Banff park's Chateau Lake Louise was started in 1913, while the Jasper Park Lodge was opened in 1921. Glacier Park Lodge, Lake Macdonald Lodge and the Many Glaciers Hotel in Glacier were built in 1913-14. The Prince of Wales Hotel in Waterton was built later, in 1926-27. Banff, Yoho, Jasper and Glacier were all developed by railway interests, but the construction of the Going to the Sun Road in Glacier in 1932 aligns it with Kootenay, which was established with the automobile in mind.

St. Mary Lake, Glacier.

All the parks share a subtext of classic North American rustic architecture with their log cabin walls and trophy animal heads, but it's in the style of those most impressive and iconic buildings, the Grand Railway Hotels, that we can begin to see the differences between the two nations' parks come into focus. Nearly all the hotels looked to a European model, taking seriously the advertising slogan that the spectacular Rockies were the Alps of North America. From that inspiration, they diverge along subtle but still radically different lines.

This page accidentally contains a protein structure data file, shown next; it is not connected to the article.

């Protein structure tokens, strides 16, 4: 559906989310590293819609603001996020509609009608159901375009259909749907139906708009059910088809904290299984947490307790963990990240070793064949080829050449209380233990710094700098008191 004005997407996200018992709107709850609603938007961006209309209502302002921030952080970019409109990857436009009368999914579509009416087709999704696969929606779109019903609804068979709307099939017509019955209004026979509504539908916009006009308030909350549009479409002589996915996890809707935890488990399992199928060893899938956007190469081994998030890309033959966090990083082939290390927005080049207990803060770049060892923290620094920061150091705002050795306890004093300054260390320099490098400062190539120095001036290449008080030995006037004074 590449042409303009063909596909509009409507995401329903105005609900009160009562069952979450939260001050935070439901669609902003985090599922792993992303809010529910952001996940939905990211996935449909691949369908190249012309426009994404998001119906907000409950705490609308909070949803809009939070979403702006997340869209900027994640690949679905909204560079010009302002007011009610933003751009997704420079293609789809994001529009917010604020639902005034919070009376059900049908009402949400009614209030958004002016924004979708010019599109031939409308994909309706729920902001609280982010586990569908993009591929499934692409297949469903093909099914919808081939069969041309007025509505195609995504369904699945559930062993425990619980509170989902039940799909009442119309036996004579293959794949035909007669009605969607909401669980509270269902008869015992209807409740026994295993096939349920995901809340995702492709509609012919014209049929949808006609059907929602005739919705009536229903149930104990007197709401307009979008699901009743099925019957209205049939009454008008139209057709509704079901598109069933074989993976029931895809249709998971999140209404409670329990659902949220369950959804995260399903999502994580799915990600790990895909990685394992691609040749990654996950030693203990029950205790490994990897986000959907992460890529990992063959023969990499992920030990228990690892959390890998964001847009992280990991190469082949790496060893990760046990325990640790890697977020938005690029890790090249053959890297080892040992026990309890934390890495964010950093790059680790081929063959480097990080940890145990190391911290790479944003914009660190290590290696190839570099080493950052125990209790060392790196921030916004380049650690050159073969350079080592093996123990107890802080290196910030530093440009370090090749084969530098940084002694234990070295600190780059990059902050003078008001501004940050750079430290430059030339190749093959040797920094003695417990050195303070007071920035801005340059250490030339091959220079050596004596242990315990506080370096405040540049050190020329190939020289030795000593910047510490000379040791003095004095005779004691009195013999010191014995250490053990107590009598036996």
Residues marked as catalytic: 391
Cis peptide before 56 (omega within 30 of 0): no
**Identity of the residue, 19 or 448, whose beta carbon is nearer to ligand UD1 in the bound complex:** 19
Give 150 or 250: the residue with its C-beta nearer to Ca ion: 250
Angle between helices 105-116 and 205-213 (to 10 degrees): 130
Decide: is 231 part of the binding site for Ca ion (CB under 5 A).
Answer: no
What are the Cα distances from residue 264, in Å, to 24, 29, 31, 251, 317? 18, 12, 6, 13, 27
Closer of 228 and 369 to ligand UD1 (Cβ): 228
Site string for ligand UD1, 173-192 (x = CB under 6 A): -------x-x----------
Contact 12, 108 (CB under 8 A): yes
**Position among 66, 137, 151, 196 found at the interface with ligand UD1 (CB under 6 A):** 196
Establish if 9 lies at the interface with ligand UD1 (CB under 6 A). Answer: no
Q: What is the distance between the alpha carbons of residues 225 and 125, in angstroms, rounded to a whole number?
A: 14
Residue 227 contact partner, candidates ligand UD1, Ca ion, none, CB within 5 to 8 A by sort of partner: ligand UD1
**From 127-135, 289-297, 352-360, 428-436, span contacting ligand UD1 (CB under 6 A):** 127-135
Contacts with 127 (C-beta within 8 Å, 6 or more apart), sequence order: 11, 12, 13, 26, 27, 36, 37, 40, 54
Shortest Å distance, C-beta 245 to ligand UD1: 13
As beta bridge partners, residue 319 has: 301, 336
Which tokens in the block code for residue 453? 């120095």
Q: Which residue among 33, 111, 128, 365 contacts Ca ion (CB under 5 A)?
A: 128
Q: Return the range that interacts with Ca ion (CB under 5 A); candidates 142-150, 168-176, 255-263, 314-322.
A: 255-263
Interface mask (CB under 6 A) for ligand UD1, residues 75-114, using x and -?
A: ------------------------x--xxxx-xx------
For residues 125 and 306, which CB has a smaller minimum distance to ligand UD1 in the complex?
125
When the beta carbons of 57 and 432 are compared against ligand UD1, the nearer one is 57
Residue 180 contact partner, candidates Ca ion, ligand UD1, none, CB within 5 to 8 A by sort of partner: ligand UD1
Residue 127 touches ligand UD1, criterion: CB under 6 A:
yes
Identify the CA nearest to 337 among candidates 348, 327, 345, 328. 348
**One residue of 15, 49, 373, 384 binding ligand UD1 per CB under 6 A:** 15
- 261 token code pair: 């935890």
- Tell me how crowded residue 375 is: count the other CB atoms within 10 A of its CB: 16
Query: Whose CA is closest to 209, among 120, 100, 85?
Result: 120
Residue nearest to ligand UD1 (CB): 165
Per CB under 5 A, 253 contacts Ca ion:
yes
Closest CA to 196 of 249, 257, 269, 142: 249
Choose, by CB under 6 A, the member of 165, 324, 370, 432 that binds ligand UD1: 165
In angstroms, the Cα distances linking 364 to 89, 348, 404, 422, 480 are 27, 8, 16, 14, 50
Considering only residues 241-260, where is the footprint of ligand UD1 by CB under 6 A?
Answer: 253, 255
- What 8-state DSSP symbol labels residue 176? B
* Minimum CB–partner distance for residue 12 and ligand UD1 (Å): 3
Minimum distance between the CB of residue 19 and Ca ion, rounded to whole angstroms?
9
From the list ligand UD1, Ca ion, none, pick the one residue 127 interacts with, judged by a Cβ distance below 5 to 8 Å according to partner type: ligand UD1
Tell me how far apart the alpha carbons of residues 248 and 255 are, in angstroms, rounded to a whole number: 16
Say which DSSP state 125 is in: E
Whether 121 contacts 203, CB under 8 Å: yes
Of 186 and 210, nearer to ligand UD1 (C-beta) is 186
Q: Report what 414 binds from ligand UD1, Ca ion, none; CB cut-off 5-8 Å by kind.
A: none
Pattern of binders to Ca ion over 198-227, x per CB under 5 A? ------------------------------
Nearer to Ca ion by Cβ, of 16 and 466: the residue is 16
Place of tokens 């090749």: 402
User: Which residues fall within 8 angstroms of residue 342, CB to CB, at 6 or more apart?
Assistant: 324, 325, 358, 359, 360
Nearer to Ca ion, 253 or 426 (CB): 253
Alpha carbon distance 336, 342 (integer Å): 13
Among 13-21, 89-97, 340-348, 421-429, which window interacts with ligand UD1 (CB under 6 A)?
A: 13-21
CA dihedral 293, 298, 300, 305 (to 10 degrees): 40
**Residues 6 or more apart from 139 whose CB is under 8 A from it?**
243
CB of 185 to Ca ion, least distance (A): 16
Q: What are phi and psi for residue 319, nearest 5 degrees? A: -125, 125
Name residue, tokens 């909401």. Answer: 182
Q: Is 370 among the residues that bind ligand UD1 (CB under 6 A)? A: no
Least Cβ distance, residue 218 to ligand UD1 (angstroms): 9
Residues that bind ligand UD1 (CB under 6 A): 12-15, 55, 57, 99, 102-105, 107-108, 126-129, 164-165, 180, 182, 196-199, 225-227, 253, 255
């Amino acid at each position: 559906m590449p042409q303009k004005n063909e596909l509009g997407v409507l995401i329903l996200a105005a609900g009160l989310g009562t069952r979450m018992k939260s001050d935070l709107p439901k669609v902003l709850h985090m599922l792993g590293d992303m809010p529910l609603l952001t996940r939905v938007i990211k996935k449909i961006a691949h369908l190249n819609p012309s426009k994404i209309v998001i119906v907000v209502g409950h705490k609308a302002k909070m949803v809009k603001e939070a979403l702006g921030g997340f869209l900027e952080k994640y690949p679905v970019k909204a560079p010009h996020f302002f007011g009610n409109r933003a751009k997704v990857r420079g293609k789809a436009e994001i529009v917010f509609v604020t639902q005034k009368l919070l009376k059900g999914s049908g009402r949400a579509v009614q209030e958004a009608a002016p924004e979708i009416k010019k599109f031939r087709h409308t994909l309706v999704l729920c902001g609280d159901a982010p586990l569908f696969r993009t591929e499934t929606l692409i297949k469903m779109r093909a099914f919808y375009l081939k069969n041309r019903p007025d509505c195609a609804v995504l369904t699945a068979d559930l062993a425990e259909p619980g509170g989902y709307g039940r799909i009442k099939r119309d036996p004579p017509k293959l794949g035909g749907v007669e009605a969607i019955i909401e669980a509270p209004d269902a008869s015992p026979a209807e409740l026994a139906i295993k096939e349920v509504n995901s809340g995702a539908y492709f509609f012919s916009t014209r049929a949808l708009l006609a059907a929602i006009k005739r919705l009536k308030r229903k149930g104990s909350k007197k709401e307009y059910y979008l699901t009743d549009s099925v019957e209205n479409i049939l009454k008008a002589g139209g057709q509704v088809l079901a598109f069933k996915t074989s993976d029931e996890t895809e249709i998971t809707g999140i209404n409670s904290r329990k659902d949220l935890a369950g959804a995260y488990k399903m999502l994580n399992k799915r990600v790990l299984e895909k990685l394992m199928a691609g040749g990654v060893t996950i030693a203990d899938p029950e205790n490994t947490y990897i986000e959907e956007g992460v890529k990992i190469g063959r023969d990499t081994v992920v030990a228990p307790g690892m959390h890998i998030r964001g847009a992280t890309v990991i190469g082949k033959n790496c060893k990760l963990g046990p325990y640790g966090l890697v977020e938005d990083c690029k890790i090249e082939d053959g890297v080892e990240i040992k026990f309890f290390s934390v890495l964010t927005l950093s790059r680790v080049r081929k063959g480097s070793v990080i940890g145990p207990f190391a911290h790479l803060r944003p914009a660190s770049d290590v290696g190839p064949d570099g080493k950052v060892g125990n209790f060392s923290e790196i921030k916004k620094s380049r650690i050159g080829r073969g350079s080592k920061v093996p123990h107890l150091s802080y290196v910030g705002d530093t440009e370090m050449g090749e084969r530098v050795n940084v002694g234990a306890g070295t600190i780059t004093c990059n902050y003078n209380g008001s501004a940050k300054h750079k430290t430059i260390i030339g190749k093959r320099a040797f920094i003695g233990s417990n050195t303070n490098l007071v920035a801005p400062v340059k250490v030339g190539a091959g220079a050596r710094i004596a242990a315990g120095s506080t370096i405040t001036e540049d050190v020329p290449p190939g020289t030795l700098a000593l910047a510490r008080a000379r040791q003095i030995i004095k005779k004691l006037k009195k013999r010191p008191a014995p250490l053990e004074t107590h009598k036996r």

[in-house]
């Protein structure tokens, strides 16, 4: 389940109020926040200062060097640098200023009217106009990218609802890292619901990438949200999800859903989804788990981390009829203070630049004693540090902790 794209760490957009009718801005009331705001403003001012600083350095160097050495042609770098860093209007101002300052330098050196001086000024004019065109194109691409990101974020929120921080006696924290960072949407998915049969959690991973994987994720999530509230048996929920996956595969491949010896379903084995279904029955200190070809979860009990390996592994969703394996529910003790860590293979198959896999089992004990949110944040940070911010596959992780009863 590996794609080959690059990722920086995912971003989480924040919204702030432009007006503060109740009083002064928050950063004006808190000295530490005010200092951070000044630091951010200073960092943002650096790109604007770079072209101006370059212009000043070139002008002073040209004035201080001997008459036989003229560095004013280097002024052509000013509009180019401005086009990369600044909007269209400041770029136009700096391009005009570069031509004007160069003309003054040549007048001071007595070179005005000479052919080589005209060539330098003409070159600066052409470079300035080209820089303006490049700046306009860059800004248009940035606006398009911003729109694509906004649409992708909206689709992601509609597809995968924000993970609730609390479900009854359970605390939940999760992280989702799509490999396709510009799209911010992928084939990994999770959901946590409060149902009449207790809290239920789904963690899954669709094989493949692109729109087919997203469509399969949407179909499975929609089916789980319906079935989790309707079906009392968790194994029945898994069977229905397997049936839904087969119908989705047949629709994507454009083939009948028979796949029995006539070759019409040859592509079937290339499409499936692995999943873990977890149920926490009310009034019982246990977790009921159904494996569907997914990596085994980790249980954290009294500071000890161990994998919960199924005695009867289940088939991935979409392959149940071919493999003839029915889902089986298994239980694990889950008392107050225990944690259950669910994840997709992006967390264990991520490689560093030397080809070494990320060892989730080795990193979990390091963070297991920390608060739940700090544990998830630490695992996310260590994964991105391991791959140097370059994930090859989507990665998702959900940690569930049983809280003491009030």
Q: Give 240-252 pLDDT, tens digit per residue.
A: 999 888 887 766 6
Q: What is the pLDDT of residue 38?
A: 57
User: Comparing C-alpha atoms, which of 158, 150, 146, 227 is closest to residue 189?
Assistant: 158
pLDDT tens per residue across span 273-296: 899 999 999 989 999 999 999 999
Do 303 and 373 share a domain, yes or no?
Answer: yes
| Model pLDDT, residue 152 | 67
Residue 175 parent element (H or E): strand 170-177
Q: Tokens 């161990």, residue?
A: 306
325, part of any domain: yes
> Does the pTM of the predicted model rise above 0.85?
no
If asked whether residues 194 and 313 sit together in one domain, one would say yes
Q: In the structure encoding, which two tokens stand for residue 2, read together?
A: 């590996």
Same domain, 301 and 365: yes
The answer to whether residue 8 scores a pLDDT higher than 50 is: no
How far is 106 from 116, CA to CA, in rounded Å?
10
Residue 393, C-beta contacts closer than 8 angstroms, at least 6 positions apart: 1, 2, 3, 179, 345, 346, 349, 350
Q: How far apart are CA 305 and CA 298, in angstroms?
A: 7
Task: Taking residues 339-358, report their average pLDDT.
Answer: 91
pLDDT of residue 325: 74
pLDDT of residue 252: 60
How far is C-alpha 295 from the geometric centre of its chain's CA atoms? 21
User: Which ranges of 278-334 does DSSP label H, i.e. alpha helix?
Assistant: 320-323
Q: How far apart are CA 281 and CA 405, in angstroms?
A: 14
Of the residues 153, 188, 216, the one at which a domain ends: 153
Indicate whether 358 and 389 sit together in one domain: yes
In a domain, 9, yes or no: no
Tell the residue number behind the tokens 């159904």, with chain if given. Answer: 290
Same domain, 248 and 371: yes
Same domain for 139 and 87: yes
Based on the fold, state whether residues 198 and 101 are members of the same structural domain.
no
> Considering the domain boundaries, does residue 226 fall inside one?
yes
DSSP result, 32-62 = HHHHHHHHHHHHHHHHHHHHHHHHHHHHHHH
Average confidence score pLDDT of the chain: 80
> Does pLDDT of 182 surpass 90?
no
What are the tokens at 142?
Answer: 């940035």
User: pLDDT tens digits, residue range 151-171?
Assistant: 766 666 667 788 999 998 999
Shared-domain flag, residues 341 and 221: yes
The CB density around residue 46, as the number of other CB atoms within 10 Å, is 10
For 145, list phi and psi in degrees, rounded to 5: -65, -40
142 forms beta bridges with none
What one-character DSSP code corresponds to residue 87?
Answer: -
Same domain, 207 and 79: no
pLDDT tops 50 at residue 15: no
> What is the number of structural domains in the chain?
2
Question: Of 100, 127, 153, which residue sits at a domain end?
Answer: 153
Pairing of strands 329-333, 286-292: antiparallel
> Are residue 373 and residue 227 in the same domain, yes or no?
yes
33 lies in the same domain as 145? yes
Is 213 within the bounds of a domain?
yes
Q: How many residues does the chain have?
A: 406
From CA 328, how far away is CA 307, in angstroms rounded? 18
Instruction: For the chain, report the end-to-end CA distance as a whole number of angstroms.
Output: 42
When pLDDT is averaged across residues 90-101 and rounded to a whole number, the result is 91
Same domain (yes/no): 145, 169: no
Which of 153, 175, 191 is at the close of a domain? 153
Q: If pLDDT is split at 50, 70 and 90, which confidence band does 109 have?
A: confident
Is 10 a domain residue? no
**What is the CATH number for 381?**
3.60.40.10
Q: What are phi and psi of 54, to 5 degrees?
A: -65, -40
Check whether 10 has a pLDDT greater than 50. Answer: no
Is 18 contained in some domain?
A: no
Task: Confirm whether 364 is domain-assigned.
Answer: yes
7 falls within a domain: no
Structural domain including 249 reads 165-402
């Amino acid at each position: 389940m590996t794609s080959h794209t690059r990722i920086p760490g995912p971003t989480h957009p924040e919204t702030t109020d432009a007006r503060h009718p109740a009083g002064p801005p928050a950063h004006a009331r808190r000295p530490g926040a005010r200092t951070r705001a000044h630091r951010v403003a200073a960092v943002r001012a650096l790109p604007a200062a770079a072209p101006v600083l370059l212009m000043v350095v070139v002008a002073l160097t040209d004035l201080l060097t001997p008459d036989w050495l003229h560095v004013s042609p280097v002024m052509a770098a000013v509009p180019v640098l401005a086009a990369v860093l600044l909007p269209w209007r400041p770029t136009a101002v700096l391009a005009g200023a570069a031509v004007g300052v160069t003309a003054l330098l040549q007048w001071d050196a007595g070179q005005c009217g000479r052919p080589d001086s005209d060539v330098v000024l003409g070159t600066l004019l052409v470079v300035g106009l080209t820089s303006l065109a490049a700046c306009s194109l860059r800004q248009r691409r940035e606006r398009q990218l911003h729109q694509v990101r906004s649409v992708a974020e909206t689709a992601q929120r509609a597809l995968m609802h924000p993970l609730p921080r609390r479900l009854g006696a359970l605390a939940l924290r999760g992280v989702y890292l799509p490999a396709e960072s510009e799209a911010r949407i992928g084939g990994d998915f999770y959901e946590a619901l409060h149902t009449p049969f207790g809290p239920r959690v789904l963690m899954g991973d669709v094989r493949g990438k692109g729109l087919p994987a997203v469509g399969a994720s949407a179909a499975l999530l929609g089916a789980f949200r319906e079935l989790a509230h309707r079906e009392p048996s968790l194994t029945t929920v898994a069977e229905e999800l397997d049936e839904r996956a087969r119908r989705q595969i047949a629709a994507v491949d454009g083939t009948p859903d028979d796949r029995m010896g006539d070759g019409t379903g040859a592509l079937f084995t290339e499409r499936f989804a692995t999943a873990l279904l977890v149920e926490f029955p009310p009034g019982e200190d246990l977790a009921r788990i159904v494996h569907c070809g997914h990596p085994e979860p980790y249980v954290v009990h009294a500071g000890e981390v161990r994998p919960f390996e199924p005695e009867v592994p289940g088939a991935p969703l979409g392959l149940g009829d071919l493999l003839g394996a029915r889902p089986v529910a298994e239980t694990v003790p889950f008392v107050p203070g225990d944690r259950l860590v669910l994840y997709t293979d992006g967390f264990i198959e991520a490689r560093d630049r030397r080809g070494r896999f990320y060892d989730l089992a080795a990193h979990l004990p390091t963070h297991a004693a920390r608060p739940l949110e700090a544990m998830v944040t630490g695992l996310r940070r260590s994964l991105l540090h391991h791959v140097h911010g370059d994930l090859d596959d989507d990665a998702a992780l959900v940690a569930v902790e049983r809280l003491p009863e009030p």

Lake MacDonald Lodge, Glacier.

In Canada, the hotels became the type of what is sometimes called the country's main national architectural style: "Railway Gothic". This is a blend of Gothic Revivalism and the French Chateau style used in most of the Grand Railway Hotels (hence the term) and many public buildings. Hearkening back to the English Arts and Crafts movement spearheaded by William Morris, Railway Gothic expresses the Victorian obsession with mediaevalism and all that entails. The feeling one gets is overwhelmingly that of the Old Country, of ingrained traditions, of the Crown, the red serge of the Mounted Police and the red, white and blue of the Union Jack.

The Banff Springs Hotel is the prime example. Built in the Scottish Baronial style, it is a piece of the Highlands transplanted to the New World. One is as likely to hear the wail of the tartaned piper as the cry of elk, reposing in the shadows of solid stone towers or admiring the tapestries and armorial bearings therein. The same sense is felt in Waterton's Prince of Wales Hotel.